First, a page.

Happy Jack Kirby Day!
I never met Jack. He was in his 70s before I went to a comic convention of any sort, and died while I was self-absorbed in college. But of course I knew of Jack through his work, both what he himself worked on and through the characters he created but were worked on by others. One of his legacies is that he was just so damned prolific that you almost couldn't help but run across his influence in some capacity.
But here's something that, to this day, astounds and inspires me. His best known work -- creating the Fantastic Four, the Hulk, the X-Men, etc. -- he didn't start doing any of that until he was in his mid-40s. Jack Kirby was 44 when he created the Fantastic Four. Four years older than I am now. Oh, he had plenty of successes under his belt by then, to be sure, but that was all basically just warm-up. He'd only just started really cutting loose.
And it would be almost ten years later when he threw the Fourth World out to the planet. He was in his mid-50s! When many people are thinking about slowing down or looking forward toward retirement, Jack's still cranking out work like nobody else!
I've heard that many people who were inspired by Jack's work took their drawings to him to see what he thought. And regardless of their skill level, he'd try to find something positive to say and encourage them. But in those encouragements, he also tried to tell them NOT to copy him. Not that he was offended, or felt there was any sort of competition, but he wanted people to create IN THEIR OWN VOICE. He wanted to see people inspired to be who they were, not who they tried to copy. Don't try to be the best Jack Kirby you could be, because you'd only be a clone of somebody; try to be the best YOU you can be, because no one is going to be able to replicate that.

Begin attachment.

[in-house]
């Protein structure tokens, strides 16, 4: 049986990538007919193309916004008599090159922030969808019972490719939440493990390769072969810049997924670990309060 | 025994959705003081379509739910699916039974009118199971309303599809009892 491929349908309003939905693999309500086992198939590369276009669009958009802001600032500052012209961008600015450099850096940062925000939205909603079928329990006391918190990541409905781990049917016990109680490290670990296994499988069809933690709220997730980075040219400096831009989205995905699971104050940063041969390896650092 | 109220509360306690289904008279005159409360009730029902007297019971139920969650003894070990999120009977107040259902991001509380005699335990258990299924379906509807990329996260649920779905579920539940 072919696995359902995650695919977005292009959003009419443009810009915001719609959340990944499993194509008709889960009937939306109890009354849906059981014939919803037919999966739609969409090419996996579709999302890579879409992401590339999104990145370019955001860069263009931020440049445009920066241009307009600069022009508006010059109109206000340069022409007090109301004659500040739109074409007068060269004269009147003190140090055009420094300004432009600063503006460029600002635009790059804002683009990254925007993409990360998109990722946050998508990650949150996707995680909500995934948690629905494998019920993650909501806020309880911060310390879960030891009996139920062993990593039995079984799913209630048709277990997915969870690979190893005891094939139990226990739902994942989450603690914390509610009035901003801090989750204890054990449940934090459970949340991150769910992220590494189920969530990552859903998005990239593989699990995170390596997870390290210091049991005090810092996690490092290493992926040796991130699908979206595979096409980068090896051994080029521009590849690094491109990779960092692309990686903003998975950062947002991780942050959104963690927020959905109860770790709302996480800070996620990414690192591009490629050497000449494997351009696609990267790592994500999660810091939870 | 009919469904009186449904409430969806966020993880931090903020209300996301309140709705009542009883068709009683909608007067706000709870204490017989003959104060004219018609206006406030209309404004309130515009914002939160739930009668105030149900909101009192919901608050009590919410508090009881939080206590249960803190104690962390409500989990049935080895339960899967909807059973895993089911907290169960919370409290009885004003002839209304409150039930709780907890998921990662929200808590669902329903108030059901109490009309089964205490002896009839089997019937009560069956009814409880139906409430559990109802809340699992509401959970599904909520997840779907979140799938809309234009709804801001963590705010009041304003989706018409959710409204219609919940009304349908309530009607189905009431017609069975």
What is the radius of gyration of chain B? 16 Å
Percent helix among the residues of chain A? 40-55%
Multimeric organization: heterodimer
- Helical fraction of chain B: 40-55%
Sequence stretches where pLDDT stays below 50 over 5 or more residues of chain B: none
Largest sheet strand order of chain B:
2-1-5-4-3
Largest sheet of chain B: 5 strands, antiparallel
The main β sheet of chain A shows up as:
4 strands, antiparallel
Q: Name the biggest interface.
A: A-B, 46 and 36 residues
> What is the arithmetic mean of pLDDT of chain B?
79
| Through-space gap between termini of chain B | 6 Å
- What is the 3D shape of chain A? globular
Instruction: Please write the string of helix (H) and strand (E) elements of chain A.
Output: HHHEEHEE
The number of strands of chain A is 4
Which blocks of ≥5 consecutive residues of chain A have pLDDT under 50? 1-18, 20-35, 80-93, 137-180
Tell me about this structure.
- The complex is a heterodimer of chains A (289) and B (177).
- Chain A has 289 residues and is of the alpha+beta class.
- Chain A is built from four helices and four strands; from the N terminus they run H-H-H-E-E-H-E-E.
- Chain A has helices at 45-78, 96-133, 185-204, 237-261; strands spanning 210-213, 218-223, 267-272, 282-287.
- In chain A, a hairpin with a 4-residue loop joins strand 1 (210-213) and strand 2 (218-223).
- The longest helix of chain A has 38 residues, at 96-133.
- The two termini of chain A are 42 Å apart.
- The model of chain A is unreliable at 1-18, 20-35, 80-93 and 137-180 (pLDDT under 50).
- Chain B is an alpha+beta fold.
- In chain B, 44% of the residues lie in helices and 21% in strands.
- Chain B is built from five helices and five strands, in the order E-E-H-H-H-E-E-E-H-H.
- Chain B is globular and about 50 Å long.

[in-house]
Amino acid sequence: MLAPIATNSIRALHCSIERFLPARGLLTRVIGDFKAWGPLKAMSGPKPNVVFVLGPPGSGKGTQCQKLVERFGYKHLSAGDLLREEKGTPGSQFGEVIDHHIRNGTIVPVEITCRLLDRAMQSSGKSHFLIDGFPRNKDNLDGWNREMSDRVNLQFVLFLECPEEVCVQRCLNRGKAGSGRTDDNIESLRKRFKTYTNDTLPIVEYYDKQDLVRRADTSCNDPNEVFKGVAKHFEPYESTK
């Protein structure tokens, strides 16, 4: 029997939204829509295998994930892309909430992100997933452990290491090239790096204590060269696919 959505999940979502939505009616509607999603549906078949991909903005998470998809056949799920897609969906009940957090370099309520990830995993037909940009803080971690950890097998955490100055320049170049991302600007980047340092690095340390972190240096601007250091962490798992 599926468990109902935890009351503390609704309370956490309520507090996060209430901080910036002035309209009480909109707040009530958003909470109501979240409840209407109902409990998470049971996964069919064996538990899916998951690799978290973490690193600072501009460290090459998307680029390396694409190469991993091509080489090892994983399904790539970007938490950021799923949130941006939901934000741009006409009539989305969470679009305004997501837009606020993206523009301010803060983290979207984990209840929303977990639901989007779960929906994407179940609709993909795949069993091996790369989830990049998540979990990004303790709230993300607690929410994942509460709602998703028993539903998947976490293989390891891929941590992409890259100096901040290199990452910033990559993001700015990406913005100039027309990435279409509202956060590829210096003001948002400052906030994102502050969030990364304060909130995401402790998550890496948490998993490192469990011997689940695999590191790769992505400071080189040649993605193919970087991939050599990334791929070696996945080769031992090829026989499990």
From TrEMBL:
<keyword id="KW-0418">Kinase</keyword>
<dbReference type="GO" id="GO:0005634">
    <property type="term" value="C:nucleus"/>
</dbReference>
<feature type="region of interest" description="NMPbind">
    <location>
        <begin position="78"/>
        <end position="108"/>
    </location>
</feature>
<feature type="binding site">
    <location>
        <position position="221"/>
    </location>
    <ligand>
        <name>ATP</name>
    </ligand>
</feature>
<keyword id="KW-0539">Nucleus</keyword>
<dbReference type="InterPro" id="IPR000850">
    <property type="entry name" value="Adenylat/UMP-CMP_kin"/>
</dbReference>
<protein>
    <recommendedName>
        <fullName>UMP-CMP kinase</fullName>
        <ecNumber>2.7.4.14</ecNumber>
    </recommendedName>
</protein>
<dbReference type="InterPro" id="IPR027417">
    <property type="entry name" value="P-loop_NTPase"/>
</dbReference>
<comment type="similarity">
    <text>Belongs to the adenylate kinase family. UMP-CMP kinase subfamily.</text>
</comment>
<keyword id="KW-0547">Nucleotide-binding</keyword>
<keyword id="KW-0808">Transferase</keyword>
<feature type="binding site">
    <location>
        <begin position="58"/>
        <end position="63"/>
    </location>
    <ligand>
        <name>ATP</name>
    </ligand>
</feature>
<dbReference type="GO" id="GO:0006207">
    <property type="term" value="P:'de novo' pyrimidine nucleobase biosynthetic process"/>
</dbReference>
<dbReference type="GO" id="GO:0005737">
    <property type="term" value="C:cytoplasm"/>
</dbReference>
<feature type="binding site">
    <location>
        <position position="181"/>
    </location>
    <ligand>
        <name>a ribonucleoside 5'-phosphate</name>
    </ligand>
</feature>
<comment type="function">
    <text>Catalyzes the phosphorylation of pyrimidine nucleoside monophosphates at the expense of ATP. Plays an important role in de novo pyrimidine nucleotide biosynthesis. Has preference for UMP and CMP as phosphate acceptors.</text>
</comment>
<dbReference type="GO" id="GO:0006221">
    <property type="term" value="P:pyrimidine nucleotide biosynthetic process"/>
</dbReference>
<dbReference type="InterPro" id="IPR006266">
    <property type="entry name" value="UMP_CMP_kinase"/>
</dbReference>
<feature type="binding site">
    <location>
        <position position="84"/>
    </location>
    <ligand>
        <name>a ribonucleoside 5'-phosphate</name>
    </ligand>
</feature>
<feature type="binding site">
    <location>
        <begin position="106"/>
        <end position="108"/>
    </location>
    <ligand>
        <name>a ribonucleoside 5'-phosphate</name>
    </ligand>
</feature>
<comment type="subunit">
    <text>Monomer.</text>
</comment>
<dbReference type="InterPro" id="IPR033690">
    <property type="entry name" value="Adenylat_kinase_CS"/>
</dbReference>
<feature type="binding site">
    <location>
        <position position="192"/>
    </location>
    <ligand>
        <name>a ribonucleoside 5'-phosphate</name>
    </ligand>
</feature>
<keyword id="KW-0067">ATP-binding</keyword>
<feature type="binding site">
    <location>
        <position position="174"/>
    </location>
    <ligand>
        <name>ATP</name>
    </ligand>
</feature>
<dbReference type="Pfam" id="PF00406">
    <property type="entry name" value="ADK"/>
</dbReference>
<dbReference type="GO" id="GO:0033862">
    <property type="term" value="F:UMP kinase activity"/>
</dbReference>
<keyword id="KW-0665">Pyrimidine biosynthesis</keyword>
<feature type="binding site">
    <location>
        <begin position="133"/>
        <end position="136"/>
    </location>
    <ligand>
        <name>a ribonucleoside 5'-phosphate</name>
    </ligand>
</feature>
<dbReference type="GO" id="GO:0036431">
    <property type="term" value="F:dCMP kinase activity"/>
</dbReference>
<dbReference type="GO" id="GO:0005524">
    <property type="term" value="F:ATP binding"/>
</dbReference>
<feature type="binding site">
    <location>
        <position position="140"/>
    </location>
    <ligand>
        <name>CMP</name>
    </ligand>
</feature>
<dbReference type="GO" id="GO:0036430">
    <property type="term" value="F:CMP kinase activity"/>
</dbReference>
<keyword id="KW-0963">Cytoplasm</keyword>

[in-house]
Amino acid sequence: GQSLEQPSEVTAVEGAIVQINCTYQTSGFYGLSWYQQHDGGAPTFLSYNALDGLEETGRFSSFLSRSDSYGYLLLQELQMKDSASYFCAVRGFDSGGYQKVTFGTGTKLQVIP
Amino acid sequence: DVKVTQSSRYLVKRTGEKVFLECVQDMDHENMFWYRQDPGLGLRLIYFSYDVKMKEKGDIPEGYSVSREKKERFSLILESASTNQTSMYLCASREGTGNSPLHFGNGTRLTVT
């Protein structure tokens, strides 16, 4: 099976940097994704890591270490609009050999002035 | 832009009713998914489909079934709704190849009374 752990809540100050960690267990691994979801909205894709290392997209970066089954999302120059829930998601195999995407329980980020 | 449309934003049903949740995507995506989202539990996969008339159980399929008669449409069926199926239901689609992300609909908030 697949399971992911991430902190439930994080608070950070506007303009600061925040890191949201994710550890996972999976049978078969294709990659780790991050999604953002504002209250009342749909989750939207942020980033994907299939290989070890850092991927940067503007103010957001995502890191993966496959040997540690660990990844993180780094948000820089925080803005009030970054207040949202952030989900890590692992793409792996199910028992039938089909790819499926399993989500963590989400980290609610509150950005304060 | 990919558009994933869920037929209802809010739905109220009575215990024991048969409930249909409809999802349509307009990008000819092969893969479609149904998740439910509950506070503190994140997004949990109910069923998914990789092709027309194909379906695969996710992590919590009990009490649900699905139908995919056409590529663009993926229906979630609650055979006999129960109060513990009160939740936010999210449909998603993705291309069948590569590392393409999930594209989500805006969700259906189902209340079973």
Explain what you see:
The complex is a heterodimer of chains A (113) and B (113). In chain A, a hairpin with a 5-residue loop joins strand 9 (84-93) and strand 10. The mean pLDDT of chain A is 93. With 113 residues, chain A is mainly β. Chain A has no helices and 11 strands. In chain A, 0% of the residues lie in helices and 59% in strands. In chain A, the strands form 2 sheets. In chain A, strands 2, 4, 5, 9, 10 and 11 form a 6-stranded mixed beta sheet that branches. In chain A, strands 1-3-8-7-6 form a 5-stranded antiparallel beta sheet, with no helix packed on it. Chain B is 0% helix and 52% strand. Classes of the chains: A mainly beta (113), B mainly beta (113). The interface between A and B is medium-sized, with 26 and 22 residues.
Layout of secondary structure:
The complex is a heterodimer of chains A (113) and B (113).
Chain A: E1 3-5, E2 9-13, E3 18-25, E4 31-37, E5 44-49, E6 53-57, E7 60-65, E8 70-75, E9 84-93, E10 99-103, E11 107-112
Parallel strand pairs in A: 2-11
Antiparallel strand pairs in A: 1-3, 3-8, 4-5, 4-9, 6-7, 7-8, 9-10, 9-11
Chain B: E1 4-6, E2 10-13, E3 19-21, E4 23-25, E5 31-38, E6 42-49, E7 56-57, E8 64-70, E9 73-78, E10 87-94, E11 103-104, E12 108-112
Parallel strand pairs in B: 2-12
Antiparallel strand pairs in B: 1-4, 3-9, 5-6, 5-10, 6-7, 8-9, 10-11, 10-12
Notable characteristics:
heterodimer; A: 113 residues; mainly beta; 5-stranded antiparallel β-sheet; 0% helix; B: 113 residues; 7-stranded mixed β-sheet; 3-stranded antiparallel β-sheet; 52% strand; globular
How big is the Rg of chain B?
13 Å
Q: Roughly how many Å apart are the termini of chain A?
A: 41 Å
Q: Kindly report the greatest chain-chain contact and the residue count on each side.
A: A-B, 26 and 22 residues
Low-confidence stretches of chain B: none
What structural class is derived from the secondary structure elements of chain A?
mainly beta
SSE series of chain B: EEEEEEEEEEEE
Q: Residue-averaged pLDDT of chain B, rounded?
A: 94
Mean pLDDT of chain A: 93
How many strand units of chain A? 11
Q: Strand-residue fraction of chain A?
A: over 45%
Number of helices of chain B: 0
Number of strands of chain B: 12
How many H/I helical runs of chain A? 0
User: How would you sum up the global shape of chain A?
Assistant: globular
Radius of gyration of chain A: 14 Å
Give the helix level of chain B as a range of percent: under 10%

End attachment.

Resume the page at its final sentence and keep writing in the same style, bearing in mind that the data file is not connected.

That's advice I've heeded myself over many years. Although I can't say for certain, I think the idea was swirling around in my brain at some level at least since high school. I'm not out here trying to be a second-rate Heidi MacDonald or Tom Spurgeon. I'm not trying to copy Peter Sanderson or Will Murray. They do what they do, better than I ever could.
I'm out here, doing my own thing, living my own life, being the best Sean Kleefeld I can be. I'm not drawing comics, like I thought I would when I was 12. I'm not writing comics, an idea that I liked when I was 27. But I'm doing what I do, whatever it is that this is. And that was inspired, at least in part, by Jack Kirby's example. I'd like to think he'd be pleased.
Besides, I've still got four more years to create something as mind-bogglingly ground-breaking as the Fantastic Four.